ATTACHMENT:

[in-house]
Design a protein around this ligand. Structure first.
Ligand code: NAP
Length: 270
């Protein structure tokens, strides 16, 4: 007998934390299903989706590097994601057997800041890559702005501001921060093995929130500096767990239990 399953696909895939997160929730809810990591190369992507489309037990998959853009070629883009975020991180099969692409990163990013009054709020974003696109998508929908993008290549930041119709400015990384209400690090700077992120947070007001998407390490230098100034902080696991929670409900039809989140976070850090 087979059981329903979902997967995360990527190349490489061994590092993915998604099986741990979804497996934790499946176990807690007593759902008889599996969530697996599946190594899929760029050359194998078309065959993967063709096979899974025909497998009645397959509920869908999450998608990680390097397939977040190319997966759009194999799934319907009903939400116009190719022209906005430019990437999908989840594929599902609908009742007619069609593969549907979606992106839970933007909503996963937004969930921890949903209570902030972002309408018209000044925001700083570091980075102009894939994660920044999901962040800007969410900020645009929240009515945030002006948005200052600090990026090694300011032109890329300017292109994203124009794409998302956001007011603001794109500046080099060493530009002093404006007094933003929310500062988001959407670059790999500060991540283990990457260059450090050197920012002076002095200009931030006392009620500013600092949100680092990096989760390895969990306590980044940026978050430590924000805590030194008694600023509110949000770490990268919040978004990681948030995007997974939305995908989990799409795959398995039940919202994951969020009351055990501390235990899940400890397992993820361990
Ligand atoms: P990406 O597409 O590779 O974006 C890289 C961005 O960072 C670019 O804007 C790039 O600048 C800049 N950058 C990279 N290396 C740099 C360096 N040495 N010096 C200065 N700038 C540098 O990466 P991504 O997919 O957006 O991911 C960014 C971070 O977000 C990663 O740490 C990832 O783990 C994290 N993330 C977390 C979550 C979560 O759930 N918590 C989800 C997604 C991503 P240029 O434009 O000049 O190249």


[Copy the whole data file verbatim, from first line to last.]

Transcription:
[in-house]
Design a protein around this ligand. Structure first.
Ligand code: NAP
Length: 270
């Protein structure tokens, strides 16, 4: 007998934390299903989706590097994601057997800041890559702005501001921060093995929130500096767990239990 399953696909895939997160929730809810990591190369992507489309037990998959853009070629883009975020991180099969692409990163990013009054709020974003696109998508929908993008290549930041119709400015990384209400690090700077992120947070007001998407390490230098100034902080696991929670409900039809989140976070850090 087979059981329903979902997967995360990527190349490489061994590092993915998604099986741990979804497996934790499946176990807690007593759902008889599996969530697996599946190594899929760029050359194998078309065959993967063709096979899974025909497998009645397959509920869908999450998608990680390097397939977040190319997966759009194999799934319907009903939400116009190719022209906005430019990437999908989840594929599902609908009742007619069609593969549907979606992106839970933007909503996963937004969930921890949903209570902030972002309408018209000044925001700083570091980075102009894939994660920044999901962040800007969410900020645009929240009515945030002006948005200052600090990026090694300011032109890329300017292109994203124009794409998302956001007011603001794109500046080099060493530009002093404006007094933003929310500062988001959407670059790999500060991540283990990457260059450090050197920012002076002095200009931030006392009620500013600092949100680092990096989760390895969990306590980044940026978050430590924000805590030194008694600023509110949000770490990268919040978004990681948030995007997974939305995908989990799409795959398995039940919202994951969020009351055990501390235990899940400890397992993820361990
Ligand atoms: P990406 O597409 O590779 O974006 C890289 C961005 O960072 C670019 O804007 C790039 O600048 C800049 N950058 C990279 N290396 C740099 C360096 N040495 N010096 C200065 N700038 C540098 O990466 P991504 O997919 O957006 O991911 C960014 C971070 O977000 C990663 O740490 C990832 O783990 C994290 N993330 C977390 C979550 C979560 O759930 N918590 C989800 C997604 C991503 P240029 O434009 O000049 O190249």